The Mass Experiment

It’s clear from the name alone that ‘The Mass Experiment’, organized by Astra, the Danish national center for education in natural sciences, had big ambitions of engaging a generation of schoolchildren in science. That was certainly the case, when around 25,000 Danish school children ventured into nature last autumn to hunt for good bacteria.

Leading these 25,000 children through woods, school yards and parks to gather samples, the hunt engaged them in natural sciences through hands-on experiences. The schoolchildren-turned-scientists tested and analyzed their findings before sending them to Novozymes for screening and characterization.

Examining the haul

Over a three-month period, a team of 70 lab assistants and researchers at Novozymes analyzed 11,142 samples that the schoolchildren had tested positive for lactobacillus bacteria. The bacteria were then cultured and sequenced to identify their DNA. In all, 4,000 separate bacterial strains were identified, of which ten were new species, never before discovered.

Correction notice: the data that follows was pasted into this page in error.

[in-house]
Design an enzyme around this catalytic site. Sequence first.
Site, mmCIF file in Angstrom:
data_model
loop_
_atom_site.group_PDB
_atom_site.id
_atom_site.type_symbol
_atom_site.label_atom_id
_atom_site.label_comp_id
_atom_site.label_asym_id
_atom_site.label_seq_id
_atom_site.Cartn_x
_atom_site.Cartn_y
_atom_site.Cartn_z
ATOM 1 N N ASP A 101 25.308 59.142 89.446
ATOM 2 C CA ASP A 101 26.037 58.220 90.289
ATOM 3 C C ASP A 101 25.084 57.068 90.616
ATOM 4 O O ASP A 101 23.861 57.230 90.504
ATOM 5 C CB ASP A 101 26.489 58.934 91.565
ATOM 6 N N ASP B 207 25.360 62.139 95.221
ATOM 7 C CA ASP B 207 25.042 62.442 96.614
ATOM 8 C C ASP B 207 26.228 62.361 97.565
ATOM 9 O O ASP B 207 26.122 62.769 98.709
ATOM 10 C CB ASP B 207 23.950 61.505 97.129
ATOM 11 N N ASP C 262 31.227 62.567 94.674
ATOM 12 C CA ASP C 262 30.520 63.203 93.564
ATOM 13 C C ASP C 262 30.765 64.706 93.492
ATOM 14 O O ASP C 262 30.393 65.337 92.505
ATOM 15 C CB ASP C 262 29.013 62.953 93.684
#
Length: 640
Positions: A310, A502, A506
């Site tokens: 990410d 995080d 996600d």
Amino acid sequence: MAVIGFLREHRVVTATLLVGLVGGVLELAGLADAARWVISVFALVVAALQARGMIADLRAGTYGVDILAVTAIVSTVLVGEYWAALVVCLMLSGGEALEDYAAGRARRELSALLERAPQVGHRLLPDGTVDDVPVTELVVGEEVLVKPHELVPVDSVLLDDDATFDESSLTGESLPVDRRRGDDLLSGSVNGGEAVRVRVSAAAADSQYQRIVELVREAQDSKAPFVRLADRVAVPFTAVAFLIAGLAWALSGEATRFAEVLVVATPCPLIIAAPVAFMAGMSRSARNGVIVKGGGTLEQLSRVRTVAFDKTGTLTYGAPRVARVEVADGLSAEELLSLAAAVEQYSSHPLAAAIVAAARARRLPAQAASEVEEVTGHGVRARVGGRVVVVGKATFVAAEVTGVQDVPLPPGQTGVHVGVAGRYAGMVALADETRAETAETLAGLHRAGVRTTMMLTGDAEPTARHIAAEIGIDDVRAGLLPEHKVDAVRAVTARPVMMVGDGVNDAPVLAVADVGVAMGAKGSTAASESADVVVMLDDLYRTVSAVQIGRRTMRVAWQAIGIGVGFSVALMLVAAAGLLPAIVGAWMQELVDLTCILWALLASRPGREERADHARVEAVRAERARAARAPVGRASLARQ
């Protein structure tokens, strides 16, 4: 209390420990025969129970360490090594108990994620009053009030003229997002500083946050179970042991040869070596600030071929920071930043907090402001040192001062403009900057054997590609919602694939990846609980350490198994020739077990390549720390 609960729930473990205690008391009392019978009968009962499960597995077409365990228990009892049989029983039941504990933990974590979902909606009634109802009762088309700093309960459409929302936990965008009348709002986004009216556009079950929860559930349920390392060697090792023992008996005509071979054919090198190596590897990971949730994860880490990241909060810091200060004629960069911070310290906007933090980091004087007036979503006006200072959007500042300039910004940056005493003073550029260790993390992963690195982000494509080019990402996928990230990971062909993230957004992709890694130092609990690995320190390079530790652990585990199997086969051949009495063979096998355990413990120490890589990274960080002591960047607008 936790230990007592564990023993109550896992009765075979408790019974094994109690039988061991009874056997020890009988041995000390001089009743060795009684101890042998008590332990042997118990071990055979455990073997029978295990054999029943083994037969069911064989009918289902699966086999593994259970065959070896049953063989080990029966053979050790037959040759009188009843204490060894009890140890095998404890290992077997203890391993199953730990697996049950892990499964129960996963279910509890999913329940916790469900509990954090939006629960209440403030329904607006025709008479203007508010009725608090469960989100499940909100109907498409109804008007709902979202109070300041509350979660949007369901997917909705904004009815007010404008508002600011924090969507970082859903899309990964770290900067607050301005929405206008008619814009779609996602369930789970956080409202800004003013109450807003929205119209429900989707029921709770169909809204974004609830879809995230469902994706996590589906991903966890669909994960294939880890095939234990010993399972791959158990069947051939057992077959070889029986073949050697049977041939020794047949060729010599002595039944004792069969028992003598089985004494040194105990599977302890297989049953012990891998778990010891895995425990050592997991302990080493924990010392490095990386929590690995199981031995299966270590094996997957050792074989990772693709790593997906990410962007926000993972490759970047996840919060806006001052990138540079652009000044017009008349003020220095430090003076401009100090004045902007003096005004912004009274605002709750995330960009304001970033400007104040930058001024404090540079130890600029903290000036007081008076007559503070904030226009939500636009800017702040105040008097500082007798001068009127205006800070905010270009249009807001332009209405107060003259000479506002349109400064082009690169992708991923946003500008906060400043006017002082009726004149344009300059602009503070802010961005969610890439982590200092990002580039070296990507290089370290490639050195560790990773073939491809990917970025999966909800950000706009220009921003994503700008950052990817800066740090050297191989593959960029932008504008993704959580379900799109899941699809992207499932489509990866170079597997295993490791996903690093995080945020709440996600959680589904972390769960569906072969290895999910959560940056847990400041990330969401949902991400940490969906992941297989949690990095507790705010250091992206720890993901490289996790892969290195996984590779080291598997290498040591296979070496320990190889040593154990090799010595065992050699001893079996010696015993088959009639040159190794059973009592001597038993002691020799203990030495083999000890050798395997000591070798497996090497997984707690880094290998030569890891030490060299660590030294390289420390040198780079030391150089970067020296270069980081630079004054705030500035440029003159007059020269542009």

“The hope was to find at least one new species of bacteria,” says Mads Bjørnvad, Department Manager at Novozymes. “The finding of ten new species exceeds all our expectations. The result is mainly due to the systematic and thorough collection of samples by many school pupils.

“This is the first time that we have had the opportunity to work with such a large number of unique samples, collected with such a geographical spread,” continued Mads. “In short, we have made the most comprehensive snapshot of Denmark’s naturally-occurring lactic acid bacteria ever.”

Let the naming begin

And if these fantastic results alone haven’t captured the imagination of thousands of future scientists, then the excitement doesn’t stop here. After the ten newly-identified bacterial species are characterized further and the data published in scientific journals, they will require names. As is customary in the scientific community, the schoolchildren responsible for the successful finds will be consulted for their input into this important task. Bacteria is commonly named after where it was found, or by whom.

Together, Novozymes and schools participated in the world’s largest hunt for good bacteria. The newly discovered species will be researched further and could potentially be used as dietary supplements to prevent diseases or for food production. This should be a great source of pride for 25,000 schoolchildren, perhaps future scientists.

The results have been published on a map of Denmark, showing where to find the various species of lactobacillus bacteria. The findings of the ten new bacterial species are publicly available to everyone with an interest and passion for biology.